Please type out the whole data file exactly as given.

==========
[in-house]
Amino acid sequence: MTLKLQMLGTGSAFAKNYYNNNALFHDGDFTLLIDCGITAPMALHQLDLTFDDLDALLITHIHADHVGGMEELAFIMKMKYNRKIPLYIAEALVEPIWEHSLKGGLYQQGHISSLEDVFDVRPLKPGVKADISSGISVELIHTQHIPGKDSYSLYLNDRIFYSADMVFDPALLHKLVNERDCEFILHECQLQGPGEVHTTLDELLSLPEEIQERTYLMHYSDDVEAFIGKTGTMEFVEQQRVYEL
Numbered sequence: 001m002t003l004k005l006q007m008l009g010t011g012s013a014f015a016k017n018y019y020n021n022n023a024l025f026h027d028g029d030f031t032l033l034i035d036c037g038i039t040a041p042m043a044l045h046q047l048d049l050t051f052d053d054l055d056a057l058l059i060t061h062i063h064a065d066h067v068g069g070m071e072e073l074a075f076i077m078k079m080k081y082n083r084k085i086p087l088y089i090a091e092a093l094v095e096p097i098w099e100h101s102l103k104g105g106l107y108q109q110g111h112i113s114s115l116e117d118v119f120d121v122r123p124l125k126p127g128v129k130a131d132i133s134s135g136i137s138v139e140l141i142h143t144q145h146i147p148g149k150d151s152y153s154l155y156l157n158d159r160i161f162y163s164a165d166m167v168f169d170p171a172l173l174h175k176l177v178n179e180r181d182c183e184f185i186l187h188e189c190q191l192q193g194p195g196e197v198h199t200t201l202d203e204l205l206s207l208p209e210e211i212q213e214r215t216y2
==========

[in-house]
Amino acid sequence: MTLKLQMLGTGSAFAKNYYNNNALFHDGDFTLLIDCGITAPMALHQLDLTFDDLDALLITHIHADHVGGMEELAFIMKMKYNRKIPLYIAEALVEPIWEHSLKGGLYQQGHISSLEDVFDVRPLKPGVKADISSGISVELIHTQHIPGKDSYSLYLNDRIFYSADMVFDPALLHKLVNERDCEFILHECQLQGPGEVHTTLDELLSLPEEIQERTYLMHYSDDVEAFIGKTGTMEFVEQQRVYEL
Numbered sequence: 001m002t003l004k005l006q007m008l009g010t011g012s013a014f015a016k017n018y019y020n021n022n023a024l025f026h027d028g029d030f031t032l033l034i035d036c037g038i039t040a041p042m043a044l045h046q047l048d049l050t051f052d053d054l055d056a057l058l059i060t061h062i063h064a065d066h067v068g069g070m071e072e073l074a075f076i077m078k079m080k081y082n083r084k085i086p087l088y089i090a091e092a093l094v095e096p097i098w099e100h101s102l103k104g105g106l107y108q109q110g111h112i113s114s115l116e117d118v119f120d121v122r123p124l125k126p127g128v129k130a131d132i133s134s135g136i137s138v139e140l141i142h143t144q145h146i147p148g149k150d151s152y153s154l155y156l157n158d159r160i161f162y163s164a165d166m167v168f169d170p171a172l173l174h175k176l177v178n179e180r181d182c183e184f185i186l187h188e189c190q191l192q193g194p195g196e197v198h199t200t201l202d203e204l205l206s207l208p209e210e211i212q213e214r215t216y2